Linear eigenvalue buckling procedure - Constant and proportional (=variable) loads

Hello everyone,

I would like to understand how come the value of the variable load A is 1.0 at the first iteration in the following slide, and why lambda=100.

I know only that the goal is to adjust the variable load so that lambda=1; in this way I ensure that lambda does not affect the constant load W0, in fact, if lamda=1, I have W0*lambda=W0*1=W0.

Thank you for your time

Comments

  • peteroznewmanpeteroznewman Member
    edited November 2019

    A = 1.0 in the first iteration because users will often apply a unit load to a structure to solve the Linear Buckling problem. The reason they do that is when the solution provides a value of lamda, it is very easy to know the buckling load because the buckling load is A*lambda.

    When there is self weight there are two items causing buckling, the applied load and the self weight. You want to know the applied load that is required to buckle without changing the weight, but the whole analysis is proportional so the lamda in the solution must multiply the applied load AND the weight. But you are not interested in when a heavier column would buckle, but this column.  So you must therefore adjust the applied load until lamba equals 1.0 then you have found the buckling load for that column weight.

  • GennaroGennaro Member
    edited November 2019

    Hello peteroznewman,

    thank you so much for your clarification. There is still an unclear point: how do I know that the column buckles when A=111 and lambda=0.99? Why it cannot buckle when A=1 and lamda=0.99? Maybe the linear eigenvalue procedure tells me that lamba=0.99 if and only if A=111?

    Thank you in advance

  • peteroznewmanpeteroznewman Member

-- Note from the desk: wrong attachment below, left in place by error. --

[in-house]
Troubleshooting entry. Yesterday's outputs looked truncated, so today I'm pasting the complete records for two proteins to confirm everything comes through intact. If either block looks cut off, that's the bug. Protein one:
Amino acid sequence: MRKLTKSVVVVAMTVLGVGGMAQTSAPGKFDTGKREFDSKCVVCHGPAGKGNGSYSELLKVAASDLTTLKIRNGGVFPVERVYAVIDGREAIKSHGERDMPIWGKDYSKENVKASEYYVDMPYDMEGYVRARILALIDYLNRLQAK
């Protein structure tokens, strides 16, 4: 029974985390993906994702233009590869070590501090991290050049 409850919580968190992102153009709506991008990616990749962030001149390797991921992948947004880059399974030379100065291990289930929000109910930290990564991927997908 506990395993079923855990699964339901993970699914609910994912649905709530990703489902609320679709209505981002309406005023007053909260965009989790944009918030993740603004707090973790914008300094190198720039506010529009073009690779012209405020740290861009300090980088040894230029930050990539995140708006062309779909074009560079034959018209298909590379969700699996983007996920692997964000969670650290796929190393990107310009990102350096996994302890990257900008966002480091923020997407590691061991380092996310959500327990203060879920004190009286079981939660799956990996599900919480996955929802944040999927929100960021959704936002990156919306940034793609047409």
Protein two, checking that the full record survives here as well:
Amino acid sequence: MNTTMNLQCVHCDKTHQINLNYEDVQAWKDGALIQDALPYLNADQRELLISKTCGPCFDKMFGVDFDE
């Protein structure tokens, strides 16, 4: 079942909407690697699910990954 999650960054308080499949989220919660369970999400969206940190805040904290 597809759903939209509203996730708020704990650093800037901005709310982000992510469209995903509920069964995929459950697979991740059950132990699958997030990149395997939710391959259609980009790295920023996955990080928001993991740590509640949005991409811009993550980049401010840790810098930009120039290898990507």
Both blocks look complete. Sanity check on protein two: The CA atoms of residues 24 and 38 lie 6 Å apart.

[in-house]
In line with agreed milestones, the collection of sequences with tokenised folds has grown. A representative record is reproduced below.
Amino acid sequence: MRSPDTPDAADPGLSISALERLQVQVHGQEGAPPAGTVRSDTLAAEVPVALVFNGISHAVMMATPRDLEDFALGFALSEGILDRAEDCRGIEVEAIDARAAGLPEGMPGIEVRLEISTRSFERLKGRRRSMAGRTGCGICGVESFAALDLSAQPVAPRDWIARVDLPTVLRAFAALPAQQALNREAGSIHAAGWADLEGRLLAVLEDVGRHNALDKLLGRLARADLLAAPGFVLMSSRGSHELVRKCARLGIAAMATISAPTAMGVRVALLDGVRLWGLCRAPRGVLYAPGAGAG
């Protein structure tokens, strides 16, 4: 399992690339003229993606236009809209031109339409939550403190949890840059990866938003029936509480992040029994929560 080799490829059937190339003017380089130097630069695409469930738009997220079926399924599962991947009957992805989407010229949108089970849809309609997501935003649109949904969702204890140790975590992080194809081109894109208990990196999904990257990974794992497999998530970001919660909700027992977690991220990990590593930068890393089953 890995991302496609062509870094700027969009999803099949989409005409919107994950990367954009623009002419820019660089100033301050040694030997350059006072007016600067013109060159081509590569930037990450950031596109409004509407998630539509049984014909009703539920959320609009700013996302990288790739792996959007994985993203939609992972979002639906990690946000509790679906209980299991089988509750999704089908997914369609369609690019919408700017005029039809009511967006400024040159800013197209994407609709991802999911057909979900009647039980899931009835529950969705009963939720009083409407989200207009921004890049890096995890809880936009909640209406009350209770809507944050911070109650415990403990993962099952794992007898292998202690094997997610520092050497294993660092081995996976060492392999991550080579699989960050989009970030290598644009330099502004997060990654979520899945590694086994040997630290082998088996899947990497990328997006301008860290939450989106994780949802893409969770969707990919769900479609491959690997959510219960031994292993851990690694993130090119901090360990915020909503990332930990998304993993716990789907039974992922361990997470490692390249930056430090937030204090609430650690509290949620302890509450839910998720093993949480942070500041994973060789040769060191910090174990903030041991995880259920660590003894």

edited November 2019

    Lamda is the solution. It tells you the buckling load is lamba*A.   If it takes A=111 to buckle then lamda = 1.0 in the solution.  If you put A = 1.0 then lamba will be 111 in the solution, for a problem where you can ignore the self-weight such as a horizontal column.

  • GennaroGennaro Member
    edited November 2019

    Perfect explanation. Thank you a lot peterroznewman.

  • GennaroGennaro Member
    edited November 2019

    Hello peteroznewman, sorry for the nuisance. I'd like to ask you if there is an example (video or at least documentation or book) where i can see the various steps in order to set in the right way the model and to read in the right way the results in the case in which there is a constant and a variable loads?

     

    I did an example here.

    Model: parallelepiped (height=1000 mm, square section with side=50 mm).

    Boundary conditions: fixed support at base, standard earth gravity, 1 N  compressive load parallel to self weight load.

    In this case I get a load multiplier=4188.6. Why? Ansys should implement the above iterative procedure to give me an unit load multiplier.

     

    Thank you for your willingness

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